There's a rough quality to her work and, like other RCA students, she looks at the everyday in a heightened way. Lidman's pieces explore the nature of 'process' and our understanding of habit and ritual.

Royal College of Art graduate show 2012

(Image credit: TBC)

'Sequence 1' by Emelica Lidman
There's a rough quality to her work and, like other RCA students, she looks at the everyday in a heightened way. Lidman's pieces explore the nature of 'process' and our understanding of habit and ritual.

Royal College of Art graduate show 2012

(Image credit: TBC)

Jewellery by Ha-Yeon Lee
Juxtaposition between natural and polished stones and metal in Ha-Yeon Lee's work creates an intriguing effect. The collection - incorporating silver, fresh water pearls, steel, rough diamonds and enamel - explores the notion of constant change, and the different use of materials signify the various moods we encounter in various states of flux.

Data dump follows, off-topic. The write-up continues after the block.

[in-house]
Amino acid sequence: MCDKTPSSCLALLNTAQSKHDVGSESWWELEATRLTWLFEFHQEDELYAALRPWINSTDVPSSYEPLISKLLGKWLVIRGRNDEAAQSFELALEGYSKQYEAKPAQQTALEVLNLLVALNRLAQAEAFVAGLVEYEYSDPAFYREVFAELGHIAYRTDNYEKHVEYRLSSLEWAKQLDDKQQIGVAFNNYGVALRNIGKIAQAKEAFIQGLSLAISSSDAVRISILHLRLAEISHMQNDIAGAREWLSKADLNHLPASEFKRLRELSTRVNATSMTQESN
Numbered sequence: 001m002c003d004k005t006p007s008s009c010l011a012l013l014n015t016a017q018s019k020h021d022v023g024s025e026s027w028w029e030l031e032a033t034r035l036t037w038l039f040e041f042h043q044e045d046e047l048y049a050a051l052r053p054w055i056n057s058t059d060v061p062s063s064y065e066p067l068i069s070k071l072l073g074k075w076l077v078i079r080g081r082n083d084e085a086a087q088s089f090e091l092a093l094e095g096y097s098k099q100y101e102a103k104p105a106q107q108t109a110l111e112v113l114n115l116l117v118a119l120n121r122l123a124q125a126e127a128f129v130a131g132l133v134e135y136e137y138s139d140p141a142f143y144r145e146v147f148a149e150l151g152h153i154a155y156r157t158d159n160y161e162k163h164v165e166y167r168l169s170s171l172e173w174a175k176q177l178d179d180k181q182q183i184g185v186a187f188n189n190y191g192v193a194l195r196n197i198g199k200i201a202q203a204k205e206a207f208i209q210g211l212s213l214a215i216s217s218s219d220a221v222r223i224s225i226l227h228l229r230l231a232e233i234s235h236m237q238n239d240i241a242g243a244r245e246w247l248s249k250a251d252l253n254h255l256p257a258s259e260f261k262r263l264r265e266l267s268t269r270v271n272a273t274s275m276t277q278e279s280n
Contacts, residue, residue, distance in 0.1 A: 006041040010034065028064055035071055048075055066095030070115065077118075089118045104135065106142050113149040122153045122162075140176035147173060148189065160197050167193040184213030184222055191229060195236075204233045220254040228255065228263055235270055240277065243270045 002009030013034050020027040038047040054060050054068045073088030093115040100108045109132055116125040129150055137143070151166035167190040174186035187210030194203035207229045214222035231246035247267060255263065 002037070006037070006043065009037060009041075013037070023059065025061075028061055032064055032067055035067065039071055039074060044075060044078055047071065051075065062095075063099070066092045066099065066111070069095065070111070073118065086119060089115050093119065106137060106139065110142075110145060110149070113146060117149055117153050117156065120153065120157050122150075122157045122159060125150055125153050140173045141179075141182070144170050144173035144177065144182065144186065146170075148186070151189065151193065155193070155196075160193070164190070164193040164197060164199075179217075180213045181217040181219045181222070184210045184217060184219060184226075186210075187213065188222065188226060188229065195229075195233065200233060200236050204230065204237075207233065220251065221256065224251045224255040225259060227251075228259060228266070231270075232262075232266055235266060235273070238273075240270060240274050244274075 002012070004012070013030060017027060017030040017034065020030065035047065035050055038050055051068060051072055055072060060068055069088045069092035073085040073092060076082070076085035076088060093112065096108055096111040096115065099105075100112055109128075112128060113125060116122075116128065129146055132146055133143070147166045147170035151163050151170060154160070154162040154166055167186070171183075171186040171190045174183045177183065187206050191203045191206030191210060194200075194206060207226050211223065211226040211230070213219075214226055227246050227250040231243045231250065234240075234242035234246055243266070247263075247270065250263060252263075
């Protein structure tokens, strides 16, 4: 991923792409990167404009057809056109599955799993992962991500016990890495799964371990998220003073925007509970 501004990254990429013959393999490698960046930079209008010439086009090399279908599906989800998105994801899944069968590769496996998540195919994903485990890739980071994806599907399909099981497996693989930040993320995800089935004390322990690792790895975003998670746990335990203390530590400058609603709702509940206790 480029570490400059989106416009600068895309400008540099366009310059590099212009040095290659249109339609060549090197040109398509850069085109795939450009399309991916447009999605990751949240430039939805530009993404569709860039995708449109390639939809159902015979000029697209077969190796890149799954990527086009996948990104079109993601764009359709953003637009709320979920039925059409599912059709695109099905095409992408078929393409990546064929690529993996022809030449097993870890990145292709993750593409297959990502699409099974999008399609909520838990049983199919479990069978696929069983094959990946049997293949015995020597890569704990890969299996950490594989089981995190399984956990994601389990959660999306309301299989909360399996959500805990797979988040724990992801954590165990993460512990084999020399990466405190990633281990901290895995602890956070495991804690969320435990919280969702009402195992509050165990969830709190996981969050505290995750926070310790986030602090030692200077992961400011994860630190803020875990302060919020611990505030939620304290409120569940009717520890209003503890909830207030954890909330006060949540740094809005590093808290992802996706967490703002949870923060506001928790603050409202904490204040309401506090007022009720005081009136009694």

Royal College of Art graduate show 2012

(Image credit: TBC)

Jewellery by Ha-Yeon Lee
Juxtaposition between natural and polished stones and metal in Ha-Yeon Lee's work creates an intriguing effect. The collection - incorporating silver, fresh water pearls, steel, rough diamonds and enamel - explores the notion of constant change, and the different use of materials signify the various moods we encounter in various states of flux.

Royal College of Art graduate show 2012

(Image credit: TBC )

Jewellery by Ha-Yeon Lee
Juxtaposition between natural and polished stones and metal in Ha-Yeon Lee's work creates an intriguing effect. The collection - incorporating silver, fresh water pearls, steel, rough diamonds and enamel - explores the notion of constant change, and the different use of materials signify the various moods we encounter in various states of flux.

Royal College of Art graduate show 2012

(Image credit: TBC )

Jewellery by Ha-Yeon Lee
Juxtaposition between natural and polished stones and metal in Ha-Yeon Lee's work creates an intriguing effect. The collection - incorporating silver, fresh water pearls, steel, rough diamonds and enamel - explores the notion of constant change, and the different use of materials signify the various moods we encounter in various states of flux.